One of the defenses available to defendants in a trademark infringement action is laches. If proven, laches can bar some or all the relief requested by the plaintiff. Like the U.S. practice, to establish laches in China, a defendant must prove that the plaintiff unreasonably delayed in enforcing its rights for more than five years, and the delay caused prejudice to the defendant.  A recent decision by the Beijing High Court provides new guidance on what constitutes "prejudice" in that the defendant must prove that its use of the infringing mark has generated actual brand goodwill.  

In Anta (China) Co., Limited v. State Intellectual Property Bureau, the Beijing High Court dismissed the bad faith filer defendant's laches defense, finding that the plaintiff could not have prejudiced the defendant because the defendant's use of the plaintiff's famous mark did not generate any actual goodwill.

Anta is a Chinese sporting goods corporation and the world's third-largest sportswear company by revenue in 2019.  Anta sold apparel, footwear,and sporting equipment since 1994, but not eyewear:


Just like many Western brand owners, Anta made a mistake of not registering its Chinese character mark early to cover eyewear as accessories to its apparel products. 

In 2011, a Chinese indivual raced to the China Trademark Office and registered a composite mark containg the ANTA Chinese mark for eyewear:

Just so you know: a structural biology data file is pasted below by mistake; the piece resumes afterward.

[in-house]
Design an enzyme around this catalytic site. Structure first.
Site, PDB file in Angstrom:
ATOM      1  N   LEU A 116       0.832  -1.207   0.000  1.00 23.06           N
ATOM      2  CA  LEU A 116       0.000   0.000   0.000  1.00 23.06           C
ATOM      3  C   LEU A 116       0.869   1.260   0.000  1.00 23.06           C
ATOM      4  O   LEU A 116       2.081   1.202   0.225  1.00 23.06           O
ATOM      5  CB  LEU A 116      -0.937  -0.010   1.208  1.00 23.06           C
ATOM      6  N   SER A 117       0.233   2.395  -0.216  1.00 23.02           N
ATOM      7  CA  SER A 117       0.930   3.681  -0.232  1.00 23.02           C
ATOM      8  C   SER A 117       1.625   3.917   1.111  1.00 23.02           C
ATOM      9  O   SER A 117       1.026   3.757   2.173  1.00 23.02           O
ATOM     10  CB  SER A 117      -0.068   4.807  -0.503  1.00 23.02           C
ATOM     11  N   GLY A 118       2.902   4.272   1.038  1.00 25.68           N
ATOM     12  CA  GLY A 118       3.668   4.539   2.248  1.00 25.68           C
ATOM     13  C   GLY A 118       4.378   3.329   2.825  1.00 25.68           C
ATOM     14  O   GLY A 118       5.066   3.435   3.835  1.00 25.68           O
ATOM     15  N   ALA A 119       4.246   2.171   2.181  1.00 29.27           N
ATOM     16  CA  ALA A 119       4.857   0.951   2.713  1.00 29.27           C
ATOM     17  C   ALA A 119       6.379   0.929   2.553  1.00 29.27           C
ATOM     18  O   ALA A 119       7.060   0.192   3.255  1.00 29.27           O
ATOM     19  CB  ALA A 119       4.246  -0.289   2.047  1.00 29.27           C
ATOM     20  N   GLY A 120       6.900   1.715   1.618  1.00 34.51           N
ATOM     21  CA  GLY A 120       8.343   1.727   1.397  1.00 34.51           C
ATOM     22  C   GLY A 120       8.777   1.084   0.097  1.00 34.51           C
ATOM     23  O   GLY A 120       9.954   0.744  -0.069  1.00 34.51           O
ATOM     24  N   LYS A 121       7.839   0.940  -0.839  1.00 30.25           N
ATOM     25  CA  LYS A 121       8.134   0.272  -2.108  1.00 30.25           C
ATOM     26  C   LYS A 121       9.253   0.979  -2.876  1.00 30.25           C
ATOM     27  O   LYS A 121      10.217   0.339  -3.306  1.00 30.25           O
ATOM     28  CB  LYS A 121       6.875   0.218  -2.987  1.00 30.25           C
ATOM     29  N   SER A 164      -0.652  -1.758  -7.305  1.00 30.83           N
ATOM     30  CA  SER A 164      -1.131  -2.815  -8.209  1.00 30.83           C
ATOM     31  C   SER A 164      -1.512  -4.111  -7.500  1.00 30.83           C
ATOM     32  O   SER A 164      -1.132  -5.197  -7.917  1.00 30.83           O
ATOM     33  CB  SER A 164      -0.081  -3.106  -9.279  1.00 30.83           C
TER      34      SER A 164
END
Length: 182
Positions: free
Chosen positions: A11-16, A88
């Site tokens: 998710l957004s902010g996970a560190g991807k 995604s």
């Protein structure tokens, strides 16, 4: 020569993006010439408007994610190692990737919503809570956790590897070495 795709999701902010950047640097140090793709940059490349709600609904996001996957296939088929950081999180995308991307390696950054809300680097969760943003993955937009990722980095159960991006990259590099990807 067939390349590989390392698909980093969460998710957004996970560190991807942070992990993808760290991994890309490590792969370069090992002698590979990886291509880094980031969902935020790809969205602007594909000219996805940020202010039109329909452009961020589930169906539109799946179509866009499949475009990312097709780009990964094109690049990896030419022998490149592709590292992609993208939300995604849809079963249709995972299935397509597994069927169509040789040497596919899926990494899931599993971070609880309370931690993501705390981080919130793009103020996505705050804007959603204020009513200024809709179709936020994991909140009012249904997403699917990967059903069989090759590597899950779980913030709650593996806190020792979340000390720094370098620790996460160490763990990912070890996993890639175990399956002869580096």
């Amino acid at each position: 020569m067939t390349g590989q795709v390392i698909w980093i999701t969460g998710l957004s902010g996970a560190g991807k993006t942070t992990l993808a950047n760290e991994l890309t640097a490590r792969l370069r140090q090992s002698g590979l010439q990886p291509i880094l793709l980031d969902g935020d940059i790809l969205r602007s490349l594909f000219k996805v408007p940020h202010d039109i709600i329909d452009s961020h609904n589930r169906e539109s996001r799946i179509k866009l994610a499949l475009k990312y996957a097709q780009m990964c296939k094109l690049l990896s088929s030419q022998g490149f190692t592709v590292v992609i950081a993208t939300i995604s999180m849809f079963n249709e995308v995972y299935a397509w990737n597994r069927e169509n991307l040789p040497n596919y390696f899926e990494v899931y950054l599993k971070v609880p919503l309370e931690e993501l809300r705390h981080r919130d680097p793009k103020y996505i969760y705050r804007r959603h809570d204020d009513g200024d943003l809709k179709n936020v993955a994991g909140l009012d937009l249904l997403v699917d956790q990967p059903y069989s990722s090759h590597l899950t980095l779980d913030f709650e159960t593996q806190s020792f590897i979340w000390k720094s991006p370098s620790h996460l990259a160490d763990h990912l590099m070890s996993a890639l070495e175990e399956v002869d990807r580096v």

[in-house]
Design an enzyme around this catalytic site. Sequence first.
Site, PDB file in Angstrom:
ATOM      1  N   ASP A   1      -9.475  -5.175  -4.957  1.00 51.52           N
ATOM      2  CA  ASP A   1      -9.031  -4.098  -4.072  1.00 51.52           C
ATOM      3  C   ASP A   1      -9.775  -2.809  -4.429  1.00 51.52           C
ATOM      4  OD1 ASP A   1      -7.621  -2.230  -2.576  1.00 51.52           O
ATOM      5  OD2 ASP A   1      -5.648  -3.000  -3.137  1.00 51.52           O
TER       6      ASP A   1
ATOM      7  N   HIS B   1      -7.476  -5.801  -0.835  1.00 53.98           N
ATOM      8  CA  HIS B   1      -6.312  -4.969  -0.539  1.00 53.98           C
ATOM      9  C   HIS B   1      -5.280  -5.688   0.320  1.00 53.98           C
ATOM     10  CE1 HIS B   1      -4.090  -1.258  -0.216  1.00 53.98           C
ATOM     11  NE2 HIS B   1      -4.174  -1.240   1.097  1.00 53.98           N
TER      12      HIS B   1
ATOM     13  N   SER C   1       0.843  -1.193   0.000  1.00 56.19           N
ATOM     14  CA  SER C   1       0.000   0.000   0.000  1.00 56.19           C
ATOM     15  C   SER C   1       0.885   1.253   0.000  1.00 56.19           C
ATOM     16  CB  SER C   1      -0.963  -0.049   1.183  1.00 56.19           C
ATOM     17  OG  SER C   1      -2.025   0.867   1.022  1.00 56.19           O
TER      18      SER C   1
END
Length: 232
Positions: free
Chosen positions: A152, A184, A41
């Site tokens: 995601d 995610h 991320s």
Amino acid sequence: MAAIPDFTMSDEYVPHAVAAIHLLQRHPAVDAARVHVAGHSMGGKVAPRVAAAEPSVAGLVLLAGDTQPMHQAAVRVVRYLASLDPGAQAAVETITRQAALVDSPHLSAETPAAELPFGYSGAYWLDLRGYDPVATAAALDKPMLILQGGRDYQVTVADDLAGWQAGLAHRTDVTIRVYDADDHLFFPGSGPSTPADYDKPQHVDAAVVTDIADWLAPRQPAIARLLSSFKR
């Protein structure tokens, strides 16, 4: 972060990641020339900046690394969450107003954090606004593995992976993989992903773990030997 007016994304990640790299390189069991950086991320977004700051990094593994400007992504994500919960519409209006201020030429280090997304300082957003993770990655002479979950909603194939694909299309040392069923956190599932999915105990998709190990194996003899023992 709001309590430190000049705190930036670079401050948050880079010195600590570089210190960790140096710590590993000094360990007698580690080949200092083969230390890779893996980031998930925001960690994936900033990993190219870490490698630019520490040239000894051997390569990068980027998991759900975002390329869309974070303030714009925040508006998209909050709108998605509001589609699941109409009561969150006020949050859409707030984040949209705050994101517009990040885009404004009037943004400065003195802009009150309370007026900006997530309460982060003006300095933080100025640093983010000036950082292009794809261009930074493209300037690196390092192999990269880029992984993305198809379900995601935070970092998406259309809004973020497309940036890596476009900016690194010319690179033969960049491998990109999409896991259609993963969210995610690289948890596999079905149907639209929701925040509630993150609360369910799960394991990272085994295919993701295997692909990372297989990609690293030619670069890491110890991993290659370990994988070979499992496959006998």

(the "Infringing Mark")



(the "ANTA Chinese Mark")as displayed below:


Anta did not object to the defendant's registration or use of the Infringing Mark until six years later, or 2017.  The China Trademark Office dismissed Anta's petition for cancellation, based on the defendant's laches defense that Anta delayed in enforcing its rights for more than 5 years and that delay prejudiced the defendant.  Beijing IP Court affirmed the dismissal and Anta appealed to the Beijing High Court.

On appeal, Anta pointed to its voluminous evidentiary documents showing that both of its English and Chinese marks had become famous before the filing date of the Infringing Mark in 2000.  Anta also showed that the individual registrant of the Infringing Mark had bad faith in adopting the Infringing Marks for registering multiple, identical ANTA English and Chinese marks (such as 1125342e.jpg) and had licensed them to others for use in the marketplace on eyeglasses. 

Given the fame of Anta's marks, Beijing High Court held that the defendant's registration and use of identical, inherently distinctive ANTA marks in connection with accessories clearly showed that the defendant acted in bad faith.  Consequently, the court reversed the previous decisions, dismissed the laches defense, and ruled that the defendant's use of the Infringing Mark in bad faith could not have generated any brand goodwill.  Thus, the defendant failed to show prejudice and the bad faith registration will now be cancelled. 

In the past, Chinese courts did not distinguish between a bad faith filer's use of an infirming mark and a brand owner's use of a mark, presuming that use and investment in a trademark always generated some degree of business goodwill or brand recognition by the public.  This presumption frustrated brand owners in enforcement actions, where brand owners' delay in enforcing its rights overseas in China forfeited their opportunity to remove any bad faith filing  Armed with this decision, however, brand owners may eviscerate a bad faith filer's laches defense and protect its famous marks much better in China.

This case is Anta (China) Co., Limited v. State Intellectual Property Bureau, (2020) Jingxingzhong 3895 (Beijing High Court 2021).

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